I finally tried thai iced tea at, of all places, The Pizza Company. Oh. My. God. It is so good! From what I gather it’s basically just black tea with condensed milk and sugar. It was like drinking candy. So freaking good! Having it at dinner was definitely a mistake — I couldn’t fall asleep that night to save my life. My brain was so wired! Totally worth it though.
Alex and I went on an adventure to the Chiang Mai Night Bazaar. We had asked our driver to take us to the Sunday Night Market, but he took us to the Chiang Mai Night Bazaar instead. Notably, the Sunday Night Market only happens on Sundays and this was a Friday, unfortunately this was not when we learned that…
There were a bunch of other night markets near Chiang Mai Night Bazaar and we started at one called Pavilion Night Bazaar. They had numerous food stalls including one with dumplings called gyoza. Gyoza is one of my new favorite foods and I get it whenever we see it now. So. Good! I got lost on my way to the bathroom and stumbled on this cool view of the Bazaar from above.
This was our fifth week in Thailand and I had yet to see any “thai” rolled ice cream. I was starting to think it was a lie Westerners made up for some reason, but we finally found it the night we went to the Chiang Mai Night Bazaar! Actually, we ended up seeing at least four rolled ice cream places that night. While I was slightly disappointed there weren’t any rolled ice cream places in our neighborhood, it was probably a blessing, because otherwise I’d be getting mighty fat.
My favorite part of the Chiang Mai Night Bazaar was the underground art area, where some artists were painting, and others had work on display. Somehow, this was the first time I’d ever seen anyone paint with a palette knife and it was really fun to watch and learn. I loved that there were so many bright colors everywhere!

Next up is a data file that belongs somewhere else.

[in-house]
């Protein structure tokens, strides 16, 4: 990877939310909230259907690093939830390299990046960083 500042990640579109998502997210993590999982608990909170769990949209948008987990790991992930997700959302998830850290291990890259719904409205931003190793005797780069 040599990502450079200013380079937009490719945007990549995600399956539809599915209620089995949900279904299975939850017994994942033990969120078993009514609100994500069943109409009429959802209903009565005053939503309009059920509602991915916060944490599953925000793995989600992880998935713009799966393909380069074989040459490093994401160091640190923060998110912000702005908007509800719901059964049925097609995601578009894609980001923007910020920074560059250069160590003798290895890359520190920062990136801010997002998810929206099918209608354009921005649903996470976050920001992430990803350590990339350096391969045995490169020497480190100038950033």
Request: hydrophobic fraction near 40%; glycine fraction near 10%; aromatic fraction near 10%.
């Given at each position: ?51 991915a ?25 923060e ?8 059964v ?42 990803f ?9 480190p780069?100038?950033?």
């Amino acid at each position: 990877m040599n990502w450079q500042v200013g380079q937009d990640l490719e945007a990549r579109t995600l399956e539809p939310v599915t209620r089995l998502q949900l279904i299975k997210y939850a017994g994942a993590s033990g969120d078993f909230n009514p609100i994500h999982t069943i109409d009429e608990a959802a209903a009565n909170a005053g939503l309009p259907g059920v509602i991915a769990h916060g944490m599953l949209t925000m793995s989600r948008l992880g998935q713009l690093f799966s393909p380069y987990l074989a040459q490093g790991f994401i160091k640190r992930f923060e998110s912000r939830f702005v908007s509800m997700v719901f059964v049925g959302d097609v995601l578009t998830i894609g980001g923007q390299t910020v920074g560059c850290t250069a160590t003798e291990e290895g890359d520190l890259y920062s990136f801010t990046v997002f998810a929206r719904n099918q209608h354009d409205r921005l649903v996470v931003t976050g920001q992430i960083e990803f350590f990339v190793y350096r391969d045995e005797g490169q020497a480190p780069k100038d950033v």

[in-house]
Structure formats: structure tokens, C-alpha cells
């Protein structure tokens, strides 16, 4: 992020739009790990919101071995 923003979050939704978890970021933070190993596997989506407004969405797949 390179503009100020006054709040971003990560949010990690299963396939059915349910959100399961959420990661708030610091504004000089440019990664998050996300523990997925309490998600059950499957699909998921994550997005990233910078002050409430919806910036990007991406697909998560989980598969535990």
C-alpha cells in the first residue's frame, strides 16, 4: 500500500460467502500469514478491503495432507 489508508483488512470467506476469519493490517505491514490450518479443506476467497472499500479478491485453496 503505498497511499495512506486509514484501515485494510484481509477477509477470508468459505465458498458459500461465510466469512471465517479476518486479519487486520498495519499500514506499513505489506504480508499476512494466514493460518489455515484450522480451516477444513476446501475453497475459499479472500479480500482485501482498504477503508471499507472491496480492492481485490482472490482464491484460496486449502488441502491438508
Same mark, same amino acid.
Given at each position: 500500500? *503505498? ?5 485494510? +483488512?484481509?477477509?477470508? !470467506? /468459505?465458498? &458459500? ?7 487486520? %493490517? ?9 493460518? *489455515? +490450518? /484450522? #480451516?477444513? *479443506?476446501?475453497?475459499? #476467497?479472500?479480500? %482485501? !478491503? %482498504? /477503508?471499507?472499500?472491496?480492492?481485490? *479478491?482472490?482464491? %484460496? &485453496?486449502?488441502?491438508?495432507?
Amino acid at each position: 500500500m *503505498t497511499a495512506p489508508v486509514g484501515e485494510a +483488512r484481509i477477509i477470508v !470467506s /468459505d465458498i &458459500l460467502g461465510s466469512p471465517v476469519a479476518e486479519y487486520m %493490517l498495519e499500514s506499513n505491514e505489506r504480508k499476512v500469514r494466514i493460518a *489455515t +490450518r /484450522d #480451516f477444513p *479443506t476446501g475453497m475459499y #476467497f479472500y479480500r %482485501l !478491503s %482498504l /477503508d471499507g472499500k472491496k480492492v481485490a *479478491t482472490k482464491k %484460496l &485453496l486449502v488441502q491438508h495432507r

Our Twilight Saddle Off Tour with Elephant Nature Park was something I’ll never forget. On Saturday we headed south of Chiang Mai to a village where we got to feed, observe, and interact with elephants on a short hike along a river and through the jungle. During the drive to the village we watched a documentary about Elephant Nature Park and its founder, Sangdeaun Lek Chailert. Lek felt compelled to save elephants and started doing so despite having limited resources. Now she is internationally recognized for her work as a conservationist in the movement to save the Asian elephant. Elephant Nature Park rescues elephants from all sorts of backgrounds. Some were used in the logging industry (when it was still legal in Thailand before 1989), some hauled tourists on their backs, and some begged for food/money on city streets. Can you imagine an elephant in downtown Bangkok?
Of the elephants we met, the biggest one, a male, had previously been rented out to the trekking industry. He was forced to carry hundreds of pounds of tourists on his back and was otherwise abused to be domesticated. The toll this had taken on him was evident just by looking at him. His spine protruded from his back with the muscles on either side sunken down from years of carrying heavy loads of humans.